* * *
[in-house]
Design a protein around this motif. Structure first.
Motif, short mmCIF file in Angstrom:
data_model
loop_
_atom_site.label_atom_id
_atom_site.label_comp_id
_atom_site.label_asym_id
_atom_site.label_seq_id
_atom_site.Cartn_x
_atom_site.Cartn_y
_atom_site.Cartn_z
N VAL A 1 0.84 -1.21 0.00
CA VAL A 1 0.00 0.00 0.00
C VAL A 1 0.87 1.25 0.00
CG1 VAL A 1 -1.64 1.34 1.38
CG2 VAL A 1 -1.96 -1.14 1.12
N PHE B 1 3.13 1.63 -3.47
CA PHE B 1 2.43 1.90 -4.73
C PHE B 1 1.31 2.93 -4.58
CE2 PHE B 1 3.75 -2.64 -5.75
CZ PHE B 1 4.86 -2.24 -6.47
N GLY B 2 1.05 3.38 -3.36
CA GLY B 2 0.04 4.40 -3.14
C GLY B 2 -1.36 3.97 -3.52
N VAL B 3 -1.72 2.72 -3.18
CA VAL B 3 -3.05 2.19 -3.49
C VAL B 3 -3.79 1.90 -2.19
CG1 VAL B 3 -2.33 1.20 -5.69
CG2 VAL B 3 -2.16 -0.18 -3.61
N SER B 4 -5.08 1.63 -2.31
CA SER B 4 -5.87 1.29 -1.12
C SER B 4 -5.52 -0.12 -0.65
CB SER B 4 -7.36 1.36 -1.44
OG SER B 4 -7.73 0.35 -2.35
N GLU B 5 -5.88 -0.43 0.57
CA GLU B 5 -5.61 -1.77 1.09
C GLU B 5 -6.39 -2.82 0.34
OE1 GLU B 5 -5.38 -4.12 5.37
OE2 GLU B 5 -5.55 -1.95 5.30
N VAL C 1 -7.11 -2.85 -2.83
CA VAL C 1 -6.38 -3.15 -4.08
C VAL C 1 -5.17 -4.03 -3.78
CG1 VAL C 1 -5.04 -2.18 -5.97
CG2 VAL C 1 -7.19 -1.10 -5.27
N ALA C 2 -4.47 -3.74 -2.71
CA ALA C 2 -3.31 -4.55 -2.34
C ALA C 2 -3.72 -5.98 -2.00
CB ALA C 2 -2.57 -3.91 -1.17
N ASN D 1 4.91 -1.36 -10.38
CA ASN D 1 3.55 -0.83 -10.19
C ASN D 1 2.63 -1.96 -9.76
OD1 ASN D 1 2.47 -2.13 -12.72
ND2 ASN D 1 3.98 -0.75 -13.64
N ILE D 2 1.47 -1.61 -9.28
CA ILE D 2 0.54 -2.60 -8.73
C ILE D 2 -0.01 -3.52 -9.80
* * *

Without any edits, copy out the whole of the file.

[in-house]
Design a protein around this motif. Structure first.
Motif, short mmCIF file in Angstrom:
data_model
loop_
_atom_site.label_atom_id
_atom_site.label_comp_id
_atom_site.label_asym_id
_atom_site.label_seq_id
_atom_site.Cartn_x
_atom_site.Cartn_y
_atom_site.Cartn_z
N VAL A 1 0.84 -1.21 0.00
CA VAL A 1 0.00 0.00 0.00
C VAL A 1 0.87 1.25 0.00
CG1 VAL A 1 -1.64 1.34 1.38
CG2 VAL A 1 -1.96 -1.14 1.12
N PHE B 1 3.13 1.63 -3.47
CA PHE B 1 2.43 1.90 -4.73
C PHE B 1 1.31 2.93 -4.58
CE2 PHE B 1 3.75 -2.64 -5.75
CZ PHE B 1 4.86 -2.24 -6.47
N GLY B 2 1.05 3.38 -3.36
CA GLY B 2 0.04 4.40 -3.14
C GLY B 2 -1.36 3.97 -3.52
N VAL B 3 -1.72 2.72 -3.18
CA VAL B 3 -3.05 2.19 -3.49
C VAL B 3 -3.79 1.90 -2.19
CG1 VAL B 3 -2.33 1.20 -5.69
CG2 VAL B 3 -2.16 -0.18 -3.61
N SER B 4 -5.08 1.63 -2.31
CA SER B 4 -5.87 1.29 -1.12
C SER B 4 -5.52 -0.12 -0.65
CB SER B 4 -7.36 1.36 -1.44
OG SER B 4 -7.73 0.35 -2.35
N GLU B 5 -5.88 -0.43 0.57
CA GLU B 5 -5.61 -1.77 1.09
C GLU B 5 -6.39 -2.82 0.34
OE1 GLU B 5 -5.38 -4.12 5.37
OE2 GLU B 5 -5.55 -1.95 5.30
N VAL C 1 -7.11 -2.85 -2.83
CA VAL C 1 -6.38 -3.15 -4.08
C VAL C 1 -5.17 -4.03 -3.78
CG1 VAL C 1 -5.04 -2.18 -5.97
CG2 VAL C 1 -7.19 -1.10 -5.27
N ALA C 2 -4.47 -3.74 -2.71
CA ALA C 2 -3.31 -4.55 -2.34
C ALA C 2 -3.72 -5.98 -2.00
CB ALA C 2 -2.57 -3.91 -1.17
N ASN D 1 4.91 -1.36 -10.38
CA ASN D 1 3.55 -0.83 -10.19
C ASN D 1 2.63 -1.96 -9.76
OD1 ASN D 1 2.47 -2.13 -12.72
ND2 ASN D 1 3.98 -0.75 -13.64
N ILE D 2 1.47 -1.61 -9.28
CA ILE D 2 0.54 -2.60 -8.73
C ILE D 2 -0.01 -3.52 -9.80